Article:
This Watershed Week?

I started to draft this post several days ago, a day or two after Channel 4 News first broke the Cambridge Analytica / Facebook story, and as they followed-up that story and its Trump / Brexit implications the world latched onto the scale of the story …. and the outrage. Oh the outrage!

For a take on the outrage it’s worth listening to @TheSimonEvans in the closing minutes of this week’s This Week – a great take on the “I can’t come to bed yet, there is something wrong on the internet” meme:

In fact, given the week and the topic, that whole edition, the @JamieJBartlett piece specifically, and all the regular contributors, provides a means to capture most of what needs to be elaborated.

Initially I was linking this post to this BBCR4 Digital Human “Social Media Vortex” piece, broadcast coincidentally(?) about the same time the C4 story broke:

I disagreed with a lot of what this programme suggested about the nature of the problem, but it provided an opportunity to recognise the issues, which I raise below

[Before diving in, let’s not forget it was Channel 4 News and The Guardian and an international team of collaborating journalists that researched the CA/FB political story over many months, and we’re only seeing the tip of an iceberg. This kind of proper journalism deserves our ongoing support.]

Worth starting with the outrage. Sure it was “big” news – something many people didn’t seem to know about, or were in ignorant denial of, on a grand scale. Plenty to concern us, but if we’re going to be outraged, we’d better understand where things went wrong and address the right solutions.

Whether it’s CA’s cynical services, or Russian bots, the national and international political manipulation is clearly the top of the pile of concerns. The main ignorance (ie news) seems to be in the extent to which our contract with the likes of FB makes aggregated personal data available for public use and private targeting. Marketing campaigns, commercial and political, have always used – and guarded their valuable use of – personal data. It’s a psychological game in which we all participate at every level. Privacy or transparency, which is it? Neither. It’s a game, always has been and, as an entirely natural process, it probably always needs to be.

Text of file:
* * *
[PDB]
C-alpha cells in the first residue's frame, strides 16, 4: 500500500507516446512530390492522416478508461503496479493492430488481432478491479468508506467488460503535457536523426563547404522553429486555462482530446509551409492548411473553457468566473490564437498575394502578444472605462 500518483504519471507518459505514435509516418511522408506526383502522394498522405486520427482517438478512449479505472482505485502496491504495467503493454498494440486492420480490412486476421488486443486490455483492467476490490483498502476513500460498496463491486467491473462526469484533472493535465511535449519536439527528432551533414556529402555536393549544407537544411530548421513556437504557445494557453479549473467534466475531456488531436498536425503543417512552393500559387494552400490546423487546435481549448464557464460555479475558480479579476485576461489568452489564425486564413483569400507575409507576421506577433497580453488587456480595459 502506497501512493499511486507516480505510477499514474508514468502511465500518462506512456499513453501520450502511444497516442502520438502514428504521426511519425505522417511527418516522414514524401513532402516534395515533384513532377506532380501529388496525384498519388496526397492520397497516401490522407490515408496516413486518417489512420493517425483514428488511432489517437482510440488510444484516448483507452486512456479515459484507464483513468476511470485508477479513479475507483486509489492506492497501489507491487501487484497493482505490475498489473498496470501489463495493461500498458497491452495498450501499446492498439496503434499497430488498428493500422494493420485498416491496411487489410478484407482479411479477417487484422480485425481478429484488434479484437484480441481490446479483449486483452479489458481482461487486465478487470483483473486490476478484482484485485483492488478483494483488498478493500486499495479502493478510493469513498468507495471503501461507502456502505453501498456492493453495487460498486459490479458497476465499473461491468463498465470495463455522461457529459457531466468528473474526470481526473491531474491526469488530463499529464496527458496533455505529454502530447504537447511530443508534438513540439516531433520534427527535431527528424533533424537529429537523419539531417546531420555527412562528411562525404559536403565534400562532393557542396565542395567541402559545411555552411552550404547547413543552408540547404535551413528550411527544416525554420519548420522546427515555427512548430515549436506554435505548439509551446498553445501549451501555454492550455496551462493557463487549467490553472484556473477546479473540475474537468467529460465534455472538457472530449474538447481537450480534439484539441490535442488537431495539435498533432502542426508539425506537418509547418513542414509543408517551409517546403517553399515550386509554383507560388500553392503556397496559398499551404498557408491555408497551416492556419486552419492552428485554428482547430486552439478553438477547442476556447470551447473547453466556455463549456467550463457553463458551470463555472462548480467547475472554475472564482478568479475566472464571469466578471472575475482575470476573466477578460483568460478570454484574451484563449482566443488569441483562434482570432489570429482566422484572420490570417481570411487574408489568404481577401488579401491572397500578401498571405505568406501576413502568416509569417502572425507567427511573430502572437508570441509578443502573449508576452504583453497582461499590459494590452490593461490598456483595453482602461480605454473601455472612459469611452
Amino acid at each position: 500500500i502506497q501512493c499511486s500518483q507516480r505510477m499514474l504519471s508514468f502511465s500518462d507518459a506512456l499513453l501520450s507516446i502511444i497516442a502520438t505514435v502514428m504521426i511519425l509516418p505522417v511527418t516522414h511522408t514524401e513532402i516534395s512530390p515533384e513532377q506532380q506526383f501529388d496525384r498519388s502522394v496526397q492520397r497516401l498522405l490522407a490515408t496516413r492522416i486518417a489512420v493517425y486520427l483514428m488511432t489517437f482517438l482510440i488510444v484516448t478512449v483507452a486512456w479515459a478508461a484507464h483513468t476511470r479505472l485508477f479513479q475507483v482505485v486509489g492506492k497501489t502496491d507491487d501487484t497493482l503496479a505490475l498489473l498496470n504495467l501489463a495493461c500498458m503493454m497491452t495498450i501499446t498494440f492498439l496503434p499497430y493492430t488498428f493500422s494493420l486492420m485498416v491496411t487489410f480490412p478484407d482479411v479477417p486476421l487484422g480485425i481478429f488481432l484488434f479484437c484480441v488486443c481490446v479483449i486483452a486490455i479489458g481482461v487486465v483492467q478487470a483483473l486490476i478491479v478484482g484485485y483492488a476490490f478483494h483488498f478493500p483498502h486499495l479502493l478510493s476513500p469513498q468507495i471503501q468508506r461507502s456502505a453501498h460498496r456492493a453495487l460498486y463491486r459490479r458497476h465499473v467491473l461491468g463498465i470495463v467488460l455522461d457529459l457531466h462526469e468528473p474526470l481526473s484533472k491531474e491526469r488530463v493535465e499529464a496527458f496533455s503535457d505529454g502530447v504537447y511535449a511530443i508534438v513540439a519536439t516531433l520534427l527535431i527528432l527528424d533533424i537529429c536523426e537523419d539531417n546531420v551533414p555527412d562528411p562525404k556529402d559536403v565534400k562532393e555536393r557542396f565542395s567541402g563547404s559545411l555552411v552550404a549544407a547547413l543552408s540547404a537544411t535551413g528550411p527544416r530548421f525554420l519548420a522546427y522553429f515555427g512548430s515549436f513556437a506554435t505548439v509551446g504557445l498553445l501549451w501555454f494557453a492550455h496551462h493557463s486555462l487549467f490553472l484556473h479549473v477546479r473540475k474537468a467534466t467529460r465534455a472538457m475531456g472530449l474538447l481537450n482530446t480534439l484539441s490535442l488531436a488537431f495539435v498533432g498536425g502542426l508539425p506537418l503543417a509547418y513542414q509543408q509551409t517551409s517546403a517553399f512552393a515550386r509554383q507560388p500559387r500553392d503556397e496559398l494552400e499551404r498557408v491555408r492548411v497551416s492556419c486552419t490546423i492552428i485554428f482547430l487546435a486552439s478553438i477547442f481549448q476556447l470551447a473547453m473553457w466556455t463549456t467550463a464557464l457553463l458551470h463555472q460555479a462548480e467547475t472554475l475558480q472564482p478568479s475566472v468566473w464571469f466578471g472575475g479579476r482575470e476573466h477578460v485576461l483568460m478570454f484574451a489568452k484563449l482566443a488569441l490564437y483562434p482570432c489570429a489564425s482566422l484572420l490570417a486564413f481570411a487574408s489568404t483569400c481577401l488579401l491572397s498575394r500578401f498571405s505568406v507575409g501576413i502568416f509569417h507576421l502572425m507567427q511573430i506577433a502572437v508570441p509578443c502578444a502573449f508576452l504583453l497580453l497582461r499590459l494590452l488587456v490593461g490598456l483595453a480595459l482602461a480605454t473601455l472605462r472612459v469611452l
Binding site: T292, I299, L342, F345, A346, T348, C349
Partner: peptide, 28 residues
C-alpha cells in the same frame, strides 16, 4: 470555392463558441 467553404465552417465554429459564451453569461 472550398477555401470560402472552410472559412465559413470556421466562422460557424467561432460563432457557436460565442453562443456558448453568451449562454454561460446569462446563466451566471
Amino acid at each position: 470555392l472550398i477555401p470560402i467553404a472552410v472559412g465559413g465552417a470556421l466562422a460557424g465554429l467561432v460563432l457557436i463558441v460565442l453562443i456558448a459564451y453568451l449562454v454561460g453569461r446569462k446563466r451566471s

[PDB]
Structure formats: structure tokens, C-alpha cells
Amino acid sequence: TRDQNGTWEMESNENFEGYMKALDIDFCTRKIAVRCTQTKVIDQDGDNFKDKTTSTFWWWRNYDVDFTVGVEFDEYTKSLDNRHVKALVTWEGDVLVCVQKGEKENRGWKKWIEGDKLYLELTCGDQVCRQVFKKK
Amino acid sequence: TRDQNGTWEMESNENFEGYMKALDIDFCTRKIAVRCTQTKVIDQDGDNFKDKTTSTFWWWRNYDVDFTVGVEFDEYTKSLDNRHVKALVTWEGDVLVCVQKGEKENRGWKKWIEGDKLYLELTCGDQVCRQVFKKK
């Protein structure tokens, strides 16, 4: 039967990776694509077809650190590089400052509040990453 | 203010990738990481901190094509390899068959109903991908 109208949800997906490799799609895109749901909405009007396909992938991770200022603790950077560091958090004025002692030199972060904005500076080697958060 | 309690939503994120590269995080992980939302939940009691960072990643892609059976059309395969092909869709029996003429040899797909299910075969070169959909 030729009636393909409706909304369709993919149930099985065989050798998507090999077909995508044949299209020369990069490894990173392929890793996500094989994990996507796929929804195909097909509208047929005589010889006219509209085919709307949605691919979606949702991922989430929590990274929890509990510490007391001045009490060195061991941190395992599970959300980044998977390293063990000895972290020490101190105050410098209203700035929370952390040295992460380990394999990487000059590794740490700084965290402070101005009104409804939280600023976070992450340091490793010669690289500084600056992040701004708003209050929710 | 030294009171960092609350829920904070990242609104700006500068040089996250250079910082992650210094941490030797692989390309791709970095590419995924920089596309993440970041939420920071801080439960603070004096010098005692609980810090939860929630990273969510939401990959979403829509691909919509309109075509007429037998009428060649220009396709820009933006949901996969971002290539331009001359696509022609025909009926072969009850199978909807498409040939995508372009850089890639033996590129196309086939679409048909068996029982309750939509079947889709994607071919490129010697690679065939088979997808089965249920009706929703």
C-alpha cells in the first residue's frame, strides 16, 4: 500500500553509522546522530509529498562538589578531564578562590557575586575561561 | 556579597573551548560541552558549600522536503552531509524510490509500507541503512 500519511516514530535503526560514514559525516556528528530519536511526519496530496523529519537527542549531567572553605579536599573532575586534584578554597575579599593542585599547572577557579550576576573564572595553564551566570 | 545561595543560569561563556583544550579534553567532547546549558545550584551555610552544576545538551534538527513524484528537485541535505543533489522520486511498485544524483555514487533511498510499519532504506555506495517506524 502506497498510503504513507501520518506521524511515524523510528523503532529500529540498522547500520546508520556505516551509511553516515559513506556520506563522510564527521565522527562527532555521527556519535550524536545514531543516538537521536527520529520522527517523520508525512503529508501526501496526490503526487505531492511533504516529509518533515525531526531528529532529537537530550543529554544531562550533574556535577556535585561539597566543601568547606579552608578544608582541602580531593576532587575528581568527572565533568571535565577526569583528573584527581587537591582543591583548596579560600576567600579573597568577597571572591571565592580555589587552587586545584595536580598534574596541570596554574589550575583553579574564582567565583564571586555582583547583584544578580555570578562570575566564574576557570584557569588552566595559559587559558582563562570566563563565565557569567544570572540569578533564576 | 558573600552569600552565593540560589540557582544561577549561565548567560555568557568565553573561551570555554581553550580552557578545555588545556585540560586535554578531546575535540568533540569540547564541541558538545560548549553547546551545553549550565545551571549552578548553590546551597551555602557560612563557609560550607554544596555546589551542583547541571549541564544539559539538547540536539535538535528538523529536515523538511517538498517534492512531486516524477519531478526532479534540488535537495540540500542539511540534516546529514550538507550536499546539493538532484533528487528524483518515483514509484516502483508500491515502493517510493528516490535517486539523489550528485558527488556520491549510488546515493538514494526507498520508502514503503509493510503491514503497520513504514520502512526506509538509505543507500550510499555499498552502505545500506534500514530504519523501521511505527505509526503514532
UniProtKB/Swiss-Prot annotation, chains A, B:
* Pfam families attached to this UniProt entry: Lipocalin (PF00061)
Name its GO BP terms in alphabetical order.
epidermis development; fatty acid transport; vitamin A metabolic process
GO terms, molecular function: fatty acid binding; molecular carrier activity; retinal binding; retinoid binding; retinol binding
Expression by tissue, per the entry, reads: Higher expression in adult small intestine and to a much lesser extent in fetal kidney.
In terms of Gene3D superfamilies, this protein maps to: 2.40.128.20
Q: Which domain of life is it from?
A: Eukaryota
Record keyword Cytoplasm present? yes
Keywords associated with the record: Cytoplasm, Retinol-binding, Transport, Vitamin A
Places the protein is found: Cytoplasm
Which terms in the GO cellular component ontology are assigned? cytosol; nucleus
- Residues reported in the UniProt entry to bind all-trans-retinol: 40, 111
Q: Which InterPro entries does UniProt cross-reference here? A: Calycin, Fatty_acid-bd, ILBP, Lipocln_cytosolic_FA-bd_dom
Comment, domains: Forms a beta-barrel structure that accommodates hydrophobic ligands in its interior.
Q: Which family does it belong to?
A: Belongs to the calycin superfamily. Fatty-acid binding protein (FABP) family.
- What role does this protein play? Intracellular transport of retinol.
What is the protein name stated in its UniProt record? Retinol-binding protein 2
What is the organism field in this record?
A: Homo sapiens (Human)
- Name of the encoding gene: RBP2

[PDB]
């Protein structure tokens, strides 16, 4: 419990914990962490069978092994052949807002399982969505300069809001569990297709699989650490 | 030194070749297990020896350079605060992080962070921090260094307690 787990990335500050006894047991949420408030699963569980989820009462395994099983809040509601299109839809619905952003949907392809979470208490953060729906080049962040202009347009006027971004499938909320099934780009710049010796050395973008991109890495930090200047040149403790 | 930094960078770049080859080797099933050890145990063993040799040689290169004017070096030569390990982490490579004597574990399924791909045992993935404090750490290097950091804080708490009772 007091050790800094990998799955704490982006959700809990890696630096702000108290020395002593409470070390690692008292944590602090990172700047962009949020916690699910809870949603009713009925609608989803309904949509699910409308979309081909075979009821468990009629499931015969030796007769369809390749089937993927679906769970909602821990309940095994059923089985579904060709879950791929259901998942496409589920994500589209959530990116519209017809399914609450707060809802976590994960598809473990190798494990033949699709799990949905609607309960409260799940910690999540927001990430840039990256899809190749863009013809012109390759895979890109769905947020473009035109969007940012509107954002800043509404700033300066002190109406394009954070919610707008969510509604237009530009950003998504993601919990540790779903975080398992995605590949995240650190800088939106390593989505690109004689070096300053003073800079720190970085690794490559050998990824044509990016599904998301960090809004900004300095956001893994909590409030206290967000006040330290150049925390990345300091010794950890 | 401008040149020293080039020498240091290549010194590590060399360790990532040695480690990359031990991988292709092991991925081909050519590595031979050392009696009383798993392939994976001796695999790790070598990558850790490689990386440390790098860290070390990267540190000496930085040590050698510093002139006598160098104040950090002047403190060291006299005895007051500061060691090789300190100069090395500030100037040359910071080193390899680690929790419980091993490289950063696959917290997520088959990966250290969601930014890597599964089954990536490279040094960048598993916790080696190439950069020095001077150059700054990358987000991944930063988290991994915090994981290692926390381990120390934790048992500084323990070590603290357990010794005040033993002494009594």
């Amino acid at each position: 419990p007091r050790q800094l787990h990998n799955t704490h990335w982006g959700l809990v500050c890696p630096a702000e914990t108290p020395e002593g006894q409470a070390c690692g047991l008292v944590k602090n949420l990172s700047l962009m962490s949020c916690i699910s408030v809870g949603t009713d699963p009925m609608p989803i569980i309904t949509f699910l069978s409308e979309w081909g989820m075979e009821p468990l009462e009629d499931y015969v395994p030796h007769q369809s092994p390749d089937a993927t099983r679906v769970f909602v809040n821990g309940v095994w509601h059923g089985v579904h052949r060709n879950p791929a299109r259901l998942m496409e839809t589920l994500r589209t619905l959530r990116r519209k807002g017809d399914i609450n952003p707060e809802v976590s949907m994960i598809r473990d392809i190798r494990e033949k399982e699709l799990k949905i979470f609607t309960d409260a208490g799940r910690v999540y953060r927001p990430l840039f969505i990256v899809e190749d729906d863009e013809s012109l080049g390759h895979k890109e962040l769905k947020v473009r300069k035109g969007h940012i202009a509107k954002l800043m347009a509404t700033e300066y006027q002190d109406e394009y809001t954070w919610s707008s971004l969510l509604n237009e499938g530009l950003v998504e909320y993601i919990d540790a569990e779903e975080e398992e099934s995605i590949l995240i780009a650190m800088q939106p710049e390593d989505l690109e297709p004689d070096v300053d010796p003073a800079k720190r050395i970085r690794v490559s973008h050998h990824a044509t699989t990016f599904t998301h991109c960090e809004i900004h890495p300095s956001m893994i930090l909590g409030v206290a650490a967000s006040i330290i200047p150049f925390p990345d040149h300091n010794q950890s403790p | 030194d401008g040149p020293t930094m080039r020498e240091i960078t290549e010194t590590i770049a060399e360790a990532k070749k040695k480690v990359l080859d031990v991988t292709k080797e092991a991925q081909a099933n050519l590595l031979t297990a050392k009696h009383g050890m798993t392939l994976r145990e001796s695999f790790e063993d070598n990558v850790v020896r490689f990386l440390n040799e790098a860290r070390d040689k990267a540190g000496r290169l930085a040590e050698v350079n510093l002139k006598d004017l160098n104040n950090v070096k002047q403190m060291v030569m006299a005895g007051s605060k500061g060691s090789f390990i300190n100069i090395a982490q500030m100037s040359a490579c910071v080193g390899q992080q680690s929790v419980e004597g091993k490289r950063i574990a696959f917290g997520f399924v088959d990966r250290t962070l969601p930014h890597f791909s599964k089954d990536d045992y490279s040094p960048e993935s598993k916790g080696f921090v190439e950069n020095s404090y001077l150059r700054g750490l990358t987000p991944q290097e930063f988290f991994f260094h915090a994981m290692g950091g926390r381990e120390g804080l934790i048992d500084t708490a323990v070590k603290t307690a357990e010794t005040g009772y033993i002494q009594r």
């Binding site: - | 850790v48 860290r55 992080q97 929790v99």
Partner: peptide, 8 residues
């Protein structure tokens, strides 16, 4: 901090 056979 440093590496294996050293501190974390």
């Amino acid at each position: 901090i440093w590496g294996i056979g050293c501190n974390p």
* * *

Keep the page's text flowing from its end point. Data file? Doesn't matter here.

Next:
All that technology has done is up the scale and speed of possibilities. What many of us have been warning (for decades) is that how we interact with those accelerating, concentrating, reinforcing forces is key to our future human progress. For me the feeling is one of relief rather than outrage. “I told you so” counts for nothing, but at least fewer people are now blind-sided to the issue, so long as they address the issue beyond initial outrage. At last! I say.

Let’s leave aside several topics for now: details of Facebook’s business model with us (free use in return for use of our data); or knotty ethical boundaries in the psychological tactics using guilt and fear as well as beliefs and desires for marketing purposes; the fact that apart from the evolving technology, little if anything is new; for example. The national and international level political concerns here are simply the highest profile layer of my own agenda: human decision-making -  cybernetics – using “knowledge” to act. That is the psychology of how we understand and apply our own “rationality” individually and in groups of any size.